Making the right choice

Thulani Tshabalala, general manager of the Thabo Mbeki Development Trust for Disabled People was paralysed after a stabbing incident in 1980.

Reflecting on the period after the stabbing Thulani explains that he initially did not want to be identified with disabled people. "I was 21-years-old when I was stabbed. Back then there were no rehabilitation centres, never mind counselling. I was told I would live for 10 years and then die."
He was also told by a doctor in hospital that there was no point in moving to Natalspruit Hospital as it could not offer him anything more than Baragawnath Hospital. Left with no other choices, he went home.
As he was a still young he went back to school, which he had left during the uprisings of 1976 to sell soft goods - clothing. At the time the paraplegics in Soweto were organising themselves. I wanted nothing to do with any of it. I wanted to carry on with my life, selling soft goods, go back to school and hang out with my friends.

Life changing

His approach to life changed dramatically when he met Marilyn Sadie. Marilyn, an occupational therapist, persuaded me to go to Natalspruit for rehabilitation. While my family had been very supportive there was a lot of pressure on me from them, and my friends, that I could walk again. I, however, understood this was not going to happen.
He spent two years at Natalspruit and while it offered nothing more than the hospital – just as the doctor had said –he helped Marilyn start peer groups.
“When Marilyn left there to join the Self Help Association of Paraplegics (SHAP), she asked me to join her. I was stubborn and didn’t want to, so instead I did volunteer work for the organisation twice a week.
“I guess that is where my involvement in the disability sector began. It was my learning curve and where I learnt the skills to do what I do today.”
However, he was not happy. “I was lonely – my girlfriend and I had broken up. I now saw that I was disabled and while I had every comfort around me, a supportive family and great group of friends, they did not understand my situation. They thought I was happy, I wasn’t. I was faced a choice: either kill myself or continue.”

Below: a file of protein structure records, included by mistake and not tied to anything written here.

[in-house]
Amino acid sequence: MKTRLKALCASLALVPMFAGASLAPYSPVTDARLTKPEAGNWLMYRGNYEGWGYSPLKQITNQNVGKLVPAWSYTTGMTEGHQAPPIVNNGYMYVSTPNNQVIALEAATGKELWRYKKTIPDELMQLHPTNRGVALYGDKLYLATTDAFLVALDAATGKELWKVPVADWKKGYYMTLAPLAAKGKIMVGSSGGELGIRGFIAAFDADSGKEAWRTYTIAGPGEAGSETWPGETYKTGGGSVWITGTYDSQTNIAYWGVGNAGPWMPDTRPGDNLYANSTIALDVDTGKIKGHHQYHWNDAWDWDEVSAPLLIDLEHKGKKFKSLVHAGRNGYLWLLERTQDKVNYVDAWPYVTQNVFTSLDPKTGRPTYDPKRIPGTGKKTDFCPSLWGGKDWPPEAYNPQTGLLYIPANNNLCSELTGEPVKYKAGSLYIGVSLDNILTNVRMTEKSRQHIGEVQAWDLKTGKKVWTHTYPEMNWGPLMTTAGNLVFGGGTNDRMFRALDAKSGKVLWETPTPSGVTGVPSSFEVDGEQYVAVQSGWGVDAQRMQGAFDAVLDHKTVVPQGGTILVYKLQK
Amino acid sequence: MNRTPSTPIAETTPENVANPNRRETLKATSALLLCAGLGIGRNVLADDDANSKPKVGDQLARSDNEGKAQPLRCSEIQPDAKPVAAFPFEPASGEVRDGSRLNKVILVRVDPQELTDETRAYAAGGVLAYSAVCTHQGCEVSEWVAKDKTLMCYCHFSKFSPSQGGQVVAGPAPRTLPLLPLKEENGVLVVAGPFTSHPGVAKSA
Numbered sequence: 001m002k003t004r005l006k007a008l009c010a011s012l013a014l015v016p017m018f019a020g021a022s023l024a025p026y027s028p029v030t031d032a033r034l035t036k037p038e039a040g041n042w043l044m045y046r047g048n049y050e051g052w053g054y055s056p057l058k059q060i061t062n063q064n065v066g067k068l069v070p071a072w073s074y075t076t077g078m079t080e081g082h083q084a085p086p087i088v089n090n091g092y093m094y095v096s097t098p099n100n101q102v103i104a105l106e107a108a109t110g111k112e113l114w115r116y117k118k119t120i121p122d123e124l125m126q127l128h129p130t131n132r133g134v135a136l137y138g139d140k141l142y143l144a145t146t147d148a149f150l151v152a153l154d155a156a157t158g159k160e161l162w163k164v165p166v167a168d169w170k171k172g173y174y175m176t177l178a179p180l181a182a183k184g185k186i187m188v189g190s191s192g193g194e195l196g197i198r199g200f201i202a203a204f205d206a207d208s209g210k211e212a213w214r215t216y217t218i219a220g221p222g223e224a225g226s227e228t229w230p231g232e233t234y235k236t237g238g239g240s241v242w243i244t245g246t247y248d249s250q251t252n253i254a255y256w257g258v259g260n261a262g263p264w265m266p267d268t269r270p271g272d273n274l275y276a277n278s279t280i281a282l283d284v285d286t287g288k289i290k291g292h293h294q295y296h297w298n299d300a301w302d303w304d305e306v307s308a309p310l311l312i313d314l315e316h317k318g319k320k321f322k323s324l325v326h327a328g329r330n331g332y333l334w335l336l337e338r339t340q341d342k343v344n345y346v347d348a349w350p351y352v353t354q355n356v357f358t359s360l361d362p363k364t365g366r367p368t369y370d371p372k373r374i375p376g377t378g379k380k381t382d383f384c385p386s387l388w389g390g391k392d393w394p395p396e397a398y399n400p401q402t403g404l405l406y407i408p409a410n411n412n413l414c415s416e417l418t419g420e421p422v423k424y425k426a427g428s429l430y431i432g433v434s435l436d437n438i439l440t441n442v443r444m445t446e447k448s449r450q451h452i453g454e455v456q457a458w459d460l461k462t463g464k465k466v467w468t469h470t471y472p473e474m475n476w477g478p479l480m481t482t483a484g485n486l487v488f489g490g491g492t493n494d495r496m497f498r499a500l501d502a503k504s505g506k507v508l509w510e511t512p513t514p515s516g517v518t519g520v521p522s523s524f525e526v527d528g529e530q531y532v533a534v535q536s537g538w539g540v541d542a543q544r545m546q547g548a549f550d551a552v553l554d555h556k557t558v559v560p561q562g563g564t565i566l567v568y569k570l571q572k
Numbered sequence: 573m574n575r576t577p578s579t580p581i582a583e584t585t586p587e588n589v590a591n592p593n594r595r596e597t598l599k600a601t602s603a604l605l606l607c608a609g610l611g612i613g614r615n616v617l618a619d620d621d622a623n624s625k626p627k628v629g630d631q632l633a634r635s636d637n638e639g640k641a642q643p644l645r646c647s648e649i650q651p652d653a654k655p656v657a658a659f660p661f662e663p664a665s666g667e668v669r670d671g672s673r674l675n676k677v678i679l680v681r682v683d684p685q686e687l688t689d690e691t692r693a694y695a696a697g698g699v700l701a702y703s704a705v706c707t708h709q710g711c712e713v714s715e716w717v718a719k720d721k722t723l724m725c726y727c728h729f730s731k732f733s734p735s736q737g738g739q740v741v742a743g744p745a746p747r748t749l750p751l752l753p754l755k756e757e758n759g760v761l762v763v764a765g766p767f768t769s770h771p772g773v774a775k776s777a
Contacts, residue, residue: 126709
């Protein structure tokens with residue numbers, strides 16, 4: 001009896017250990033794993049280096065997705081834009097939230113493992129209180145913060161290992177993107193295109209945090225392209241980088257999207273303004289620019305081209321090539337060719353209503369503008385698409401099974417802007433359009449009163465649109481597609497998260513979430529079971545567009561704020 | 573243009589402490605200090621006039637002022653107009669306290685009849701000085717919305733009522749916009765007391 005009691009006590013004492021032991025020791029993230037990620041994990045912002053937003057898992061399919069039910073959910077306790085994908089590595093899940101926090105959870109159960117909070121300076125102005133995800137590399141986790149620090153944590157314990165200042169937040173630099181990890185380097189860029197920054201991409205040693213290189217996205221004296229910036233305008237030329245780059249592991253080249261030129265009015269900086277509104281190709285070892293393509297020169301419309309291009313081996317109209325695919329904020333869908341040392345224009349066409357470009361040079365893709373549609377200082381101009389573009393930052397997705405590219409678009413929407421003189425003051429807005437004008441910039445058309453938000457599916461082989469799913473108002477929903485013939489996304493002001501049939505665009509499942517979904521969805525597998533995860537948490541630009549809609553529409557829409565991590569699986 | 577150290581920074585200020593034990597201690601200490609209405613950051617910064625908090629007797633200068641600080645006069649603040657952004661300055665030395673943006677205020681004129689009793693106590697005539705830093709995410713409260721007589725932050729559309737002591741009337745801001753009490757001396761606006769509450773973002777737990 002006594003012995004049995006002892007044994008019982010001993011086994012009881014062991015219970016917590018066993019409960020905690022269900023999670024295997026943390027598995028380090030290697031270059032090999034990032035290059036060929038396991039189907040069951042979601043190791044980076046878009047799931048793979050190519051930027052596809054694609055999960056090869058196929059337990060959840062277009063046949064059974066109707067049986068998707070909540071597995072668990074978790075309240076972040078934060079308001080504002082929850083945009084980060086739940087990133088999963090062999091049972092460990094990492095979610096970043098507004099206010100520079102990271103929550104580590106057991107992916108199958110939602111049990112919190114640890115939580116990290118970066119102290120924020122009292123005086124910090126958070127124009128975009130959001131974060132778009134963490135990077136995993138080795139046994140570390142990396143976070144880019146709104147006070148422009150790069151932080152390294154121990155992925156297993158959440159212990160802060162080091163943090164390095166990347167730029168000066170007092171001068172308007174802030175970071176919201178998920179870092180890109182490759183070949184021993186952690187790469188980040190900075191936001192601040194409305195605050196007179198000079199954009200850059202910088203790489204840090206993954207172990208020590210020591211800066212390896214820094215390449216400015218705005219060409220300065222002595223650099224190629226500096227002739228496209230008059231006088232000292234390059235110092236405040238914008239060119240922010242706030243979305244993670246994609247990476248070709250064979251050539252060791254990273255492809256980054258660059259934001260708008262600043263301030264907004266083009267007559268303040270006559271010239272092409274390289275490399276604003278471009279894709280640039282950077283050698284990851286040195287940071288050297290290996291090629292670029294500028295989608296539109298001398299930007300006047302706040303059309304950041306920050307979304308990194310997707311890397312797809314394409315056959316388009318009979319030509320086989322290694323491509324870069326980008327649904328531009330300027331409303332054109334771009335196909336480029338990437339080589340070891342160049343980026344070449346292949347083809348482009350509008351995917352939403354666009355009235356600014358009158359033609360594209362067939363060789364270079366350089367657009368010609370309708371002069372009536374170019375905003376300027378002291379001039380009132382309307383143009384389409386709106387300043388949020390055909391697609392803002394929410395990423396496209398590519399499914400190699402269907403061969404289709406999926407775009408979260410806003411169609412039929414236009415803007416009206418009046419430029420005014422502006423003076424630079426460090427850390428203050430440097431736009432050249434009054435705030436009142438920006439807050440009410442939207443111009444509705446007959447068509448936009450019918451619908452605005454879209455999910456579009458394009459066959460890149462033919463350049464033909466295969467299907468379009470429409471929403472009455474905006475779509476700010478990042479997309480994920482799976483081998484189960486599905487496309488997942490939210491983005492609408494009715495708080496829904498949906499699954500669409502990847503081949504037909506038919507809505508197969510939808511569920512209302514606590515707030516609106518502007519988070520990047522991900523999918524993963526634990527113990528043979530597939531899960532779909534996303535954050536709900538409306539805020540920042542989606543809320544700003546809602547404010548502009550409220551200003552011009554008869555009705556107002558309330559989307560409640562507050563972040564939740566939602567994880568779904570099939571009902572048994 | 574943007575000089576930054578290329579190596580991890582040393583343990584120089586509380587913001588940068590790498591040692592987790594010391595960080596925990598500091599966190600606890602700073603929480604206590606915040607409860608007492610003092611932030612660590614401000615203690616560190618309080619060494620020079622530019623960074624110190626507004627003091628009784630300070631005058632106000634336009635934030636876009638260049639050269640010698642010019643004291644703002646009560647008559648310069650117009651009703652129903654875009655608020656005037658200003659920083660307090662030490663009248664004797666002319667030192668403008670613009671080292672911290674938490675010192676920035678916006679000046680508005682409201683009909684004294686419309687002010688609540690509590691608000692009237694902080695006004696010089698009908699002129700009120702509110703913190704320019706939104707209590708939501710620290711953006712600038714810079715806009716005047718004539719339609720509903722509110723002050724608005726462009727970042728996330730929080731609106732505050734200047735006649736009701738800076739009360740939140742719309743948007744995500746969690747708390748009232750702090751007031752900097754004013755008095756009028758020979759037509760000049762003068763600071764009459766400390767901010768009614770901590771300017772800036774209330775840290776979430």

He chose to continue, enrolling in a business administration course at Access College. He followed this up with a correspondence course through the Institute for Business Studies.
“While I was now occupied, I was still not happy. Before the stabbing I had mapped out my life. I would finish school, and then go to varsity, but that had changed - dramatically.”
While he was at Access College, Marilyn left SHAP and he was approached to take over from where she had left off. “At the same time I was offered a job at the Credit Bureau. I chose SHAP because I did not have transport to get to the Bureau.”
In 1995 he took up the position of service co-ordinator and HR manager at SHAP. He hasn’t looked back since. While he would like to embrace new challenges in the future he does not want to stop working in the disability sector.
“I am married and have five-year old twins. I am toying with the idea of doing a degree in project management and then retirement.
“I know that I don’t want to move out of this sector. I would like to see, and anticipate, this sector uniting. It would make our work so much more effective. In real terms I would like to see us get to the stage where a disabled person would not struggle to achieve her or his goals. We could achieve this if all services for disabled people were streamlined properly.”

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